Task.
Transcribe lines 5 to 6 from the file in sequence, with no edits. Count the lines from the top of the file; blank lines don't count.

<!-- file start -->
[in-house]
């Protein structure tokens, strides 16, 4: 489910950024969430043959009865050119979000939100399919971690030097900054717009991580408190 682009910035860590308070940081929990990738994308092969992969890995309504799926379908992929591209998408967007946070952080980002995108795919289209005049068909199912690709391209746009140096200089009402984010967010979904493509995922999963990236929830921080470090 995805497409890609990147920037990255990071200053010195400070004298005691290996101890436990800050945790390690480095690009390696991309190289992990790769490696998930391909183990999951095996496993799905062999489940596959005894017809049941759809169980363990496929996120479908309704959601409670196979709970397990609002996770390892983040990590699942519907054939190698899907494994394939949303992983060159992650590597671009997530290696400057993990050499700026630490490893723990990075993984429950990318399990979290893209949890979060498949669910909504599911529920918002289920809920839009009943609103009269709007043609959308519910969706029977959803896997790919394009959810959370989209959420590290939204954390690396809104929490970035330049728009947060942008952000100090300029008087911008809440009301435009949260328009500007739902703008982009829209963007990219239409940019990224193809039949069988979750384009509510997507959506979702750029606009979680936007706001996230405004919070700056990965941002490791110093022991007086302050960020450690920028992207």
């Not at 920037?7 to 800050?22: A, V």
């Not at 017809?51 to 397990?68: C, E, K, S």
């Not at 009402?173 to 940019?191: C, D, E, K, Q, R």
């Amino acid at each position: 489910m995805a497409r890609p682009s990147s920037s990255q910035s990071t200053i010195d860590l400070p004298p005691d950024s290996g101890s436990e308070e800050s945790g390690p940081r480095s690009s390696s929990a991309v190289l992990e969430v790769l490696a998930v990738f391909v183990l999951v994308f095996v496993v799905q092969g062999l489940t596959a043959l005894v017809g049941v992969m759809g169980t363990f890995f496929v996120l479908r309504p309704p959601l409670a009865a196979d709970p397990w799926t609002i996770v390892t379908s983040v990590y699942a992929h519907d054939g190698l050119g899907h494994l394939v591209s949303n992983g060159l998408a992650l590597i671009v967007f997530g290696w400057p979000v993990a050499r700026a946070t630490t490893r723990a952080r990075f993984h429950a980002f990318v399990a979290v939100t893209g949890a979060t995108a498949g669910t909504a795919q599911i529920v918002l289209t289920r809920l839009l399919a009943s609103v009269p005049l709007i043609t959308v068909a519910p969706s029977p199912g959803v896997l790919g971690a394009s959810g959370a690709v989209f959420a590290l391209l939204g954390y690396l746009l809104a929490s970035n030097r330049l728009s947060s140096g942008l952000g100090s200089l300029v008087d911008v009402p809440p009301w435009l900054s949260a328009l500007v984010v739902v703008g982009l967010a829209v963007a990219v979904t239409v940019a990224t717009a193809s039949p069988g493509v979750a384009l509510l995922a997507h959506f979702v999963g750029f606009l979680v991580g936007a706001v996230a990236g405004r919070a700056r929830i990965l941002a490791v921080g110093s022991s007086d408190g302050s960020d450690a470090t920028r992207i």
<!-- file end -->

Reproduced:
């Not at 009402?173 to 940019?191: C, D, E, K, Q, R």
């Amino acid at each position: 489910m995805a497409r890609p682009s990147s920037s990255q910035s990071t200053i010195d860590l400070p004298p005691d950024s290996g101890s436990e308070e800050s945790g390690p940081r480095s690009s390696s929990a991309v190289l992990e969430v790769l490696a998930v990738f391909v183990l999951v994308f095996v496993v799905q092969g062999l489940t596959a043959l005894v017809g049941v992969m759809g169980t363990f890995f496929v996120l479908r309504p309704p959601l409670a009865a196979d709970p397990w799926t609002i996770v390892t379908s983040v990590y699942a992929h519907d054939g190698l050119g899907h494994l394939v591209s949303n992983g060159l998408a992650l590597i671009v967007f997530g290696w400057p979000v993990a050499r700026a946070t630490t490893r723990a952080r990075f993984h429950a980002f990318v399990a979290v939100t893209g949890a979060t995108a498949g669910t909504a795919q599911i529920v918002l289209t289920r809920l839009l399919a009943s609103v009269p005049l709007i043609t959308v068909a519910p969706s029977p199912g959803v896997l790919g971690a394009s959810g959370a690709v989209f959420a590290l391209l939204g954390y690396l746009l809104a929490s970035n030097r330049l728009s947060s140096g942008l952000g100090s200089l300029v008087d911008v009402p809440p009301w435009l900054s949260a328009l500007v984010v739902v703008g982009l967010a829209v963007a990219v979904t239409v940019a990224t717009a193809s039949p069988g493509v979750a384009l509510l995922a997507h959506f979702v999963g750029f606009l979680v991580g936007a706001v996230a990236g405004r919070a700056r929830i990965l941002a490791v921080g110093s022991s007086d408190g302050s960020d450690a470090t920028r992207i």